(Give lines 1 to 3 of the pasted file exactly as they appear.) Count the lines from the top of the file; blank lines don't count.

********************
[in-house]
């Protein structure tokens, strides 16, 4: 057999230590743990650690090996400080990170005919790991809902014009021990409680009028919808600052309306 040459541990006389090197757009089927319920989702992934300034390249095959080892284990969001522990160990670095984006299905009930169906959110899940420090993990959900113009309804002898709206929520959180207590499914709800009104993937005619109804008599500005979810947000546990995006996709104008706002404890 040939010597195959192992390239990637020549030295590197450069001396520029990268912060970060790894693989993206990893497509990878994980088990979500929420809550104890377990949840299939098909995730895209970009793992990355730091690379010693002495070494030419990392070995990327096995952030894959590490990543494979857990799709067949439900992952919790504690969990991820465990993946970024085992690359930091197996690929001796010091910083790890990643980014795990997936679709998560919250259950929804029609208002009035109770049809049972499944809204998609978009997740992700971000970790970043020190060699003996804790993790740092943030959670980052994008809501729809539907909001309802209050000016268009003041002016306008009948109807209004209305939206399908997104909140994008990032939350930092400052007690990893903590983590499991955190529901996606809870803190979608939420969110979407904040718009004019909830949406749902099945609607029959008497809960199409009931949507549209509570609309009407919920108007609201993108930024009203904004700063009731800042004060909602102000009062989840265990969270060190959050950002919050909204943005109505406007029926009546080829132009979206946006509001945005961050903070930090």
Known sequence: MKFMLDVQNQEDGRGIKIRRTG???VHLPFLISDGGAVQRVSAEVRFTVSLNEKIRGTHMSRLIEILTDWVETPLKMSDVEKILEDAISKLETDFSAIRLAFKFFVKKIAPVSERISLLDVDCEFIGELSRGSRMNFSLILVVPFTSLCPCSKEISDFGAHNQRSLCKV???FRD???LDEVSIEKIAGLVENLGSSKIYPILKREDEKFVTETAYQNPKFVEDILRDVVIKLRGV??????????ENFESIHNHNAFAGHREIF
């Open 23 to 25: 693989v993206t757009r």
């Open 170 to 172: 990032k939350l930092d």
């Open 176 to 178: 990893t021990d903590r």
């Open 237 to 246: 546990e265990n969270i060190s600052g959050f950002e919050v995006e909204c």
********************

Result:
[in-house]
């Protein structure tokens, strides 16, 4: 057999230590743990650690090996400080990170005919790991809902014009021990409680009028919808600052309306 040459541990006389090197757009089927319920989702992934300034390249095959080892284990969001522990160990670095984006299905009930169906959110899940420090993990959900113009309804002898709206929520959180207590499914709800009104993937005619109804008599500005979810947000546990995006996709104008706002404890 040939010597195959192992390239990637020549030295590197450069001396520029990268912060970060790894693989993206990893497509990878994980088990979500929420809550104890377990949840299939098909995730895209970009793992990355730091690379010693002495070494030419990392070995990327096995952030894959590490990543494979857990799709067949439900992952919790504690969990991820465990993946970024085992690359930091197996690929001796010091910083790890990643980014795990997936679709998560919250259950929804029609208002009035109770049809049972499944809204998609978009997740992700971000970790970043020190060699003996804790993790740092943030959670980052994008809501729809539907909001309802209050000016268009003041002016306008009948109807209004209305939206399908997104909140994008990032939350930092400052007690990893903590983590499991955190529901996606809870803190979608939420969110979407904040718009004019909830949406749902099945609607029959008497809960199409009931949507549209509570609309009407919920108007609201993108930024009203904004700063009731800042004060909602102000009062989840265990969270060190959050950002919050909204943005109505406007029926009546080829132009979206946006509001945005961050903070930090």
Known sequence: MKFMLDVQNQEDGRGIKIRRTG???VHLPFLISDGGAVQRVSAEVRFTVSLNEKIRGTHMSRLIEILTDWVETPLKMSDVEKILEDAISKLETDFSAIRLAFKFFVKKIAPVSERISLLDVDCEFIGELSRGSRMNFSLILVVPFTSLCPCSKEISDFGAHNQRSLCKV???FRD???LDEVSIEKIAGLVENLGSSKIYPILKREDEKFVTETAYQNPKFVEDILRDVVIKLRGV??????????ENFESIHNHNAFAGHREIF